and so on and so forth, you guys get the picture. It got to a point where I actually found myself wanting to finish the story. I pretty much decided that this was going to be “The One”. The novel. If I was ever going to finish something creative writing-related, it was going to be this. I began planning out the whole story, the intertwining narratives I wanted to have (in a similar style to On The Jellicoe Road, I guess), which trigger events I wanted to include, themes, that kind of thing, and I actually also found myself with an ending.. Shock, horror! All inspired by a Facebook status, too! I then came up with an ending concept that I could have at the beginning (confusing, I know), making the narrative retrospective. The intro slowly developed into this:

Some people say that an end is simply yet another beginning, another chance to learn from mistakes, to right the wrongs of the past. An end for some is a beginning for others, just a chapter closing so another can open. So, now I shall tell this story from the beginning, as I stand here at the ending.  Surrounded by devastation yet not feeling it. It all began with a letter.

For months, I kept jotting down and putting together little quotes and draft passages here and there (sometimes on Tumblr) and the actual writing of the story came to a definite halt for a while (thanks, Year 12, I love you too).  It slipped further and further to the back of my mind until about halfway through last year, when my friend Caitlyn and I were chatting one day about her upcoming media project for school, in which she had to create a short film centred around her selected theme of darkness and youth, with a particular focus on teenagers dealing with mental health issues such as depression. Somehow (I can’t remember exactly how it happened), after Caitlyn described her concept and her characters to me, it reminded me of the dynamic I’d been developing between my characters of Tom and Ellie and also a similar narrative tone.  One thing led to another and I actually ended up writing some material to be used in Caitlyn’s video, which conveyed the story of a girl dealing with depression, neglect and schizophrenia. A central piece was this poem-y thing:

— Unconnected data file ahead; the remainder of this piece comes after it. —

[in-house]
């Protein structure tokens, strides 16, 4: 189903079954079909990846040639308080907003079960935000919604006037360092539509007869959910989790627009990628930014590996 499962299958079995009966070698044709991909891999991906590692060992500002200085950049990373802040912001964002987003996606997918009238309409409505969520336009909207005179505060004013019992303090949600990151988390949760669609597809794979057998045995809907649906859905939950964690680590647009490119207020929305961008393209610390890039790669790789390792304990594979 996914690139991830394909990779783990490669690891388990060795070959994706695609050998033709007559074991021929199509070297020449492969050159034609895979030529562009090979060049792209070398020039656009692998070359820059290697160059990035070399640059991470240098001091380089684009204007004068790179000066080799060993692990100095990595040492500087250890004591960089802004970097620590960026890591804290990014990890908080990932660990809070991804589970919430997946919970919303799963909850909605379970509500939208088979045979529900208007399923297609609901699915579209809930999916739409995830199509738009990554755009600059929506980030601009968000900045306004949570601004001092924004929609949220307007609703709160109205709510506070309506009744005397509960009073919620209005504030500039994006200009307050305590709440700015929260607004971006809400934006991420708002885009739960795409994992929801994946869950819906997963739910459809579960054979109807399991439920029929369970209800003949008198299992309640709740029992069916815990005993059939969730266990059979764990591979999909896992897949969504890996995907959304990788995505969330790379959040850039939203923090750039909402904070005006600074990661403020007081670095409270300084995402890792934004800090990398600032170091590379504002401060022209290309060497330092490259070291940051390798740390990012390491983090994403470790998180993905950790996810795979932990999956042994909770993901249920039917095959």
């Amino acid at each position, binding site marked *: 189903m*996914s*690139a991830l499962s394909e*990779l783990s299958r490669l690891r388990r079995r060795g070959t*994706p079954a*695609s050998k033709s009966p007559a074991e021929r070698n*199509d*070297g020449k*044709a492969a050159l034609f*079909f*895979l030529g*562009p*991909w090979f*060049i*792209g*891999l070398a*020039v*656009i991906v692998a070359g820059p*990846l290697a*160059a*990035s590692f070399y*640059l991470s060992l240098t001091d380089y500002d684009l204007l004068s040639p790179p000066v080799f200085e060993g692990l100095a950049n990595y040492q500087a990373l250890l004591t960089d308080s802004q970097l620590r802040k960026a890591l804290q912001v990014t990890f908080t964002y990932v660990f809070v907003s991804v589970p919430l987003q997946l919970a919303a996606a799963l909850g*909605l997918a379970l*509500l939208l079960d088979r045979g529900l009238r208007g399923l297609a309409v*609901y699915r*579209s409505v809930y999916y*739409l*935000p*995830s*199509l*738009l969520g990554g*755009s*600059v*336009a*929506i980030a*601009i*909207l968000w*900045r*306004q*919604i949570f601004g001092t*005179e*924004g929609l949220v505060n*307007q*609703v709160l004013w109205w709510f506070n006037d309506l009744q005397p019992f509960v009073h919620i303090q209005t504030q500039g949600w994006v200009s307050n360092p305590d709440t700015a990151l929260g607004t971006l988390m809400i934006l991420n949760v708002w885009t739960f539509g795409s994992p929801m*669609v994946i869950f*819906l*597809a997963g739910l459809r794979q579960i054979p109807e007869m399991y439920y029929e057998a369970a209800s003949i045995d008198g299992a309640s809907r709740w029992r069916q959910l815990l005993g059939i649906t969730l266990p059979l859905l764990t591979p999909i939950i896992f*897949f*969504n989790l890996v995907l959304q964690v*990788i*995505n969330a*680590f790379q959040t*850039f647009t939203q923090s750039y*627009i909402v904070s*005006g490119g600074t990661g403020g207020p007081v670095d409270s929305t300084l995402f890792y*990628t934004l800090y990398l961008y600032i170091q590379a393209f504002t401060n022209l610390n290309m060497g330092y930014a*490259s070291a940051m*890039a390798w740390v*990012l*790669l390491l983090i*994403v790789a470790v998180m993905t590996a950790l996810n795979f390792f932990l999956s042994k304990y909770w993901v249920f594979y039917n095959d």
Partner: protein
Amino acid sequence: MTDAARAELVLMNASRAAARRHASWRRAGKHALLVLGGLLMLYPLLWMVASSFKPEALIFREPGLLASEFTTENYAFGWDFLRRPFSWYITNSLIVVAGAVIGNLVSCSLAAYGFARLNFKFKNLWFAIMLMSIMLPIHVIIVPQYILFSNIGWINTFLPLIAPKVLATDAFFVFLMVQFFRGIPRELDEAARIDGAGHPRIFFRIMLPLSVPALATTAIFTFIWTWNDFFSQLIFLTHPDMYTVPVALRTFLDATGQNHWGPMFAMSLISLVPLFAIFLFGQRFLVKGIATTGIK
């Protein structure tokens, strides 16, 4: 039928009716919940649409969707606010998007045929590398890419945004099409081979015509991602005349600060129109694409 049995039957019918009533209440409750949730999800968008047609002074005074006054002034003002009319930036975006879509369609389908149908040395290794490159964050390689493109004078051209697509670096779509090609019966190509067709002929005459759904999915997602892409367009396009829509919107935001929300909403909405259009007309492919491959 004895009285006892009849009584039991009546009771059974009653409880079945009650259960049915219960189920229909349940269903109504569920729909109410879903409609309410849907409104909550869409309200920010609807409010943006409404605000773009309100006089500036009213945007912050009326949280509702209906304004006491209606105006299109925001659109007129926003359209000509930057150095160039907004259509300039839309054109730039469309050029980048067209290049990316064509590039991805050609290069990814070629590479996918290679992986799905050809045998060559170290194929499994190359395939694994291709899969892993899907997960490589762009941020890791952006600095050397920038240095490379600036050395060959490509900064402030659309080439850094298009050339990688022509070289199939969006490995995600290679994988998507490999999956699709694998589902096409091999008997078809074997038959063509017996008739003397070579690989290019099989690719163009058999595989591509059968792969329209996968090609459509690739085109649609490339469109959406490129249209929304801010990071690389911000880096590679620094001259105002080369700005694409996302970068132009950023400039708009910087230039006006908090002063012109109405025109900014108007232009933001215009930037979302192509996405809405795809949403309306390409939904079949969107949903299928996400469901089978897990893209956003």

There are always shadows,
behind you, ahead of you.
Haunting, unforgiving.

I have shadows, I have skeletons
But don’t you have them too?
Why is it that I feel so alone?
Alone, lost, not knowing the truth

Why do the clouds only rain on me?
Why is there no light to follow,
no warmth to feel,
nowhere I want to be.

Surrounded by it all,
yet deserted by everything
Where I am now,
where I am going?

There is always darkness,
around you, inside of you.
Consuming, destroying.

which actually became the voice over at the beginning of the film (I even got to be recorded reading it, ahaha, #famousmuch?). It made me so incredibly proud to contribute to Caitlyn’s amazing project, and the opportunity to get back into my creative writing again was actually quite an amazing feeling. It brought my characters and the story I wanted to tell with them back into focus, in a way, and I started thinking more and more about how I could work the narrative into something I was truly proud of. I’ve gotten super clever and put the finished film below:

See?! Isn’t it super cool and awesome?! I think it is.

I did plan to dedicate a lot of time to the story over my most recent summer holidays, as they were the longest holiday period I’d ever had (about three months or so), but as with most things, I just couldn’t find the time or the motivation. I can remember writing in one of my first ever posts on this blog that finishing the story was one of my goals, something I desperately wanted to achieve and it definitely still is. There’s something about the story that really captures I guess what I would describe as the essence of my high school experience? Wow, that sounds cheesy. I just feel that almost every single facet of this story reflects the experiences, the feelings, the moments I had in high school. The  people I knew, the places we visited (both physically and otherwise), it was just all of it, put together into one single story, which I realise sounds confusing and impossible, but it makes sense to me. Hence why I wanted to finish it this summer, before I myself moved on from high school. Obviously, that didn’t happen, which is why I’m writing this post. The story’s back in my mind, playing on my thoughts, casually nudging at me to be finished. Hell, I’ve only got two thousand words of it so far.

One day.

It’ll happen, I swear.

If you’ve made it this far into the post, congratulations. See, if I can smash out 1800+ words for a blog post, surely I can find the time and motivation to get 50 000 words for a novel, right? Lol.

Have a wonderful day, now! :)


4 thoughts on “All he had was a letter.

  1. Rita says:

    I recently found your blog and I started reading from the first posts. I just finished reading this one (yep, I read it all!) and it was amazing! Both “All he had was a letter.” and all you “creative writing history. I really hope you finish that story some day and that you don’t forget to show us!
    Thank you for the great writing!
    Have a nice day!

    • Kara. says:

      I swear I replied to this comment, but obviously not! Sorry for being four months late with my reply :( But thank you so much! It’s lovely to know that someone enjoyed reading this, haha :)

  2. deniz fidan says:

    Oh my effing damn effing god.
    I can’t love it more,
    and I will never understand how you captured all those emotions so perfectly, so real…

Thoughts? :)